I just posted the following on Nick CR’s excellent BB blog, Tucker’s Hole (tuckershole.wordpress.com):
Vince Gilligan, a cool guy from what I can tell, and indisputably a great writer, did what he set out to do: tell the story of Walter White going from Mr. Chips to Scarface. Ending “Felina” with the “Special Love” song and Walt dying with a smile on his face was perfectly in tone with the arc of the series as a whole, and — along with Jesse getting away and Flynn probably going to get $10 million soon — gave us as happy an ending as possible. If you think about it outside the context of the show, however, it’s a bit ridiculous — and very sad — that Walt loved the blue meth and his ability to make it more than anything else in life. Especially since so many people died and suffered for that self-involved, egoistic love.
I can think of a much better ending. When Gilligan and company saw what good actors Dean Norris and — especially — Aaron Paul were, they expanded the characters of Hank and Jesse. I think they should have gone even further in this direction, especially in Jesse’s case, in the last season. I would have liked very much to have seen Jesse take the maturity and agency he was developing under Gus and Mike’s tutelage and apply it to his relationship with Walt and meth-making. We could have seen him decide to work with Hank rather than come to it accidentally in the midst of an unreasoning, drug-assisted tantrum. It would have been interesting to have seen the two of them develop a relationship and come to respect each other.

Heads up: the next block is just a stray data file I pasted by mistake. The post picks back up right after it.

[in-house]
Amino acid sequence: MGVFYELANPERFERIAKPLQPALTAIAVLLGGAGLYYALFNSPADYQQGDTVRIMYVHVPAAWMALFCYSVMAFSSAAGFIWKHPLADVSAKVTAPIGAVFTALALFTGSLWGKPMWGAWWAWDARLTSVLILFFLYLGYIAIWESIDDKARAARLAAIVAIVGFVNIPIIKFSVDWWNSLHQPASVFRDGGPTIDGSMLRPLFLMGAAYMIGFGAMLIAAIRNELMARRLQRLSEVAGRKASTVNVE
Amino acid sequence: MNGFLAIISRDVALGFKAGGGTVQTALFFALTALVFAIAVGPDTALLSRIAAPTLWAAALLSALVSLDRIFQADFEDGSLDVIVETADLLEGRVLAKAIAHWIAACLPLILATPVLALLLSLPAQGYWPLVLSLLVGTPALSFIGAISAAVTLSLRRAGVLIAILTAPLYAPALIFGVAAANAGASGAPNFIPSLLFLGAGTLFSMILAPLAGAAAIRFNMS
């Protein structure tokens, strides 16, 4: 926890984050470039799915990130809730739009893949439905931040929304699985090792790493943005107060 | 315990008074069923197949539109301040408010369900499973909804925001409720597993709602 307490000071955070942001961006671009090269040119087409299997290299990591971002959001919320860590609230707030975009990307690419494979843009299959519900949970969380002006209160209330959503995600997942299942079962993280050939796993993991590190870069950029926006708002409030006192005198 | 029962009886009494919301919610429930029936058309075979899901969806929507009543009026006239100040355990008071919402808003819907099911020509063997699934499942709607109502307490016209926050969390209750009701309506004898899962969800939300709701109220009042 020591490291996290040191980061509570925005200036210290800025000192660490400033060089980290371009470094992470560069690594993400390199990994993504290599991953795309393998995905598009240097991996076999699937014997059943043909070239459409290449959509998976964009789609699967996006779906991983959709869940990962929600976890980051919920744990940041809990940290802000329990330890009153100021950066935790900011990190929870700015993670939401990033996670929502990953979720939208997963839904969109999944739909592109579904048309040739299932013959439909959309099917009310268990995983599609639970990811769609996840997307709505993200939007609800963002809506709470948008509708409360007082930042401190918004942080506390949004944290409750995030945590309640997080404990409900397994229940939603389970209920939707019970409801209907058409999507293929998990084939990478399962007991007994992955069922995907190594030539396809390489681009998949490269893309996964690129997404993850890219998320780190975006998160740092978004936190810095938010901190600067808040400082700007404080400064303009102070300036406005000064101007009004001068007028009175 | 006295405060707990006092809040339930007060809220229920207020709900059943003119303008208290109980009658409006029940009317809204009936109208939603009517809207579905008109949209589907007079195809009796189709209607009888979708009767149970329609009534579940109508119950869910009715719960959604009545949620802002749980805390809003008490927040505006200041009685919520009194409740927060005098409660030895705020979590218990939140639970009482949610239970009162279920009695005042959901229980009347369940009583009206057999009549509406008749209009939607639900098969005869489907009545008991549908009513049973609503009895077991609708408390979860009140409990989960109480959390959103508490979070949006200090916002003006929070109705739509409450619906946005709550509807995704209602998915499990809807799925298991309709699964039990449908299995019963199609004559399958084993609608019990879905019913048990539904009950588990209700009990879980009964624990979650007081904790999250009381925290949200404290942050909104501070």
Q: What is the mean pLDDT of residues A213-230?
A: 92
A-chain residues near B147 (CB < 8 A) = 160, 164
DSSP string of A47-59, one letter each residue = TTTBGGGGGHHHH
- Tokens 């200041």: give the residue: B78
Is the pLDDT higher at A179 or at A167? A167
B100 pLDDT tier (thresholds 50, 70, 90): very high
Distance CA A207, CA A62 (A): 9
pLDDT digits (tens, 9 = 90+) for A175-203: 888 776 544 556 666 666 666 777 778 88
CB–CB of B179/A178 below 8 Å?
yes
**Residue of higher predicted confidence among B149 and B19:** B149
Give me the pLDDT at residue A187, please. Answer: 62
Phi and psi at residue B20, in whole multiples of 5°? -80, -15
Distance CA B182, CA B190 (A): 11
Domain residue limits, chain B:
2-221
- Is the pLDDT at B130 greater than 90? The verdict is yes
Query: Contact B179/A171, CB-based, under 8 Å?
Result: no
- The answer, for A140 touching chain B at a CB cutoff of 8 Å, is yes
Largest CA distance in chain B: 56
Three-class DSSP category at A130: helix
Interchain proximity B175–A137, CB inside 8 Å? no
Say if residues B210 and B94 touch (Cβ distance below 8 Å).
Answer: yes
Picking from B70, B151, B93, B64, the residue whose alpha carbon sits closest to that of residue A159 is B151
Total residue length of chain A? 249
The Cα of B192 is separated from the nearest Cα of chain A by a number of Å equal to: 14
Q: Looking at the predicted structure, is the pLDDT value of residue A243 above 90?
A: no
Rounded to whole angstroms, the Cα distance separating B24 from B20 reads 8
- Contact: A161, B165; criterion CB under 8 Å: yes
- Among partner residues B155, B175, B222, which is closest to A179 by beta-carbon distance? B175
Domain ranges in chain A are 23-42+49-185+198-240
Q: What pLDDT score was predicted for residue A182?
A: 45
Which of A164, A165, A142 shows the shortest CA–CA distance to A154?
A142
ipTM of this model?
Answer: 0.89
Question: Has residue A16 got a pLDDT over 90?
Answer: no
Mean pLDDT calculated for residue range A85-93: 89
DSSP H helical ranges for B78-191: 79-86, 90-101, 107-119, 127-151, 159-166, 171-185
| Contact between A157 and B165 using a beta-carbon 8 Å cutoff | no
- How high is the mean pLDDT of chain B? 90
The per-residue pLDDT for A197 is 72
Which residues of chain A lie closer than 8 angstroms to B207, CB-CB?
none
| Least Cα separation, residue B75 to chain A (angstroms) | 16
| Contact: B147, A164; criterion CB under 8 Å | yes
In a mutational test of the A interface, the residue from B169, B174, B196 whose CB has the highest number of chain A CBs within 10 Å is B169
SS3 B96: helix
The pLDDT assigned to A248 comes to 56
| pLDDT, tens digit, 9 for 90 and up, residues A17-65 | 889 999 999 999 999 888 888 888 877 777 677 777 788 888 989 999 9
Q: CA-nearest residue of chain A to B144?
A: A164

I would have had Hank die much as he did, and then Jesse carry on alone as the “good guy,” perhaps still being being taken prisoner by the Nazis, but not having to be rescued by Walt — maybe even taking Walt — as well as the Nazis — down in the end. Todd, Lydia, and the Nazis were pretty boring villains to go on so long, so another possibility would have been for Jesse to have escaped from the desert shootout and then gone to the DEA.
As you can probably tell, I cared much more about Jesse than I did about Walt, who I saw as pitifully limited, essentially cowardly, and not deserving to tie up all his loose ends and die a good death. Aaron Paul has said he thinks Jesse may have deserved everything that happened to him, but I disagree. He’s young and redeemable and could have had a good life with Brock and Andrea, leaving at least one happy young family at the end. That’s all Jesse truly wanted — connection and family, and I wanted to see him get it, not through luck, but through his own efforts. I thought Andrea’s death was completely gratuitous, Jesse’s suffering excessive, and his lack of character development disappointing.
I still voted that I was satisfied with the ending, because it was good in its way, but I think a better ending was possible.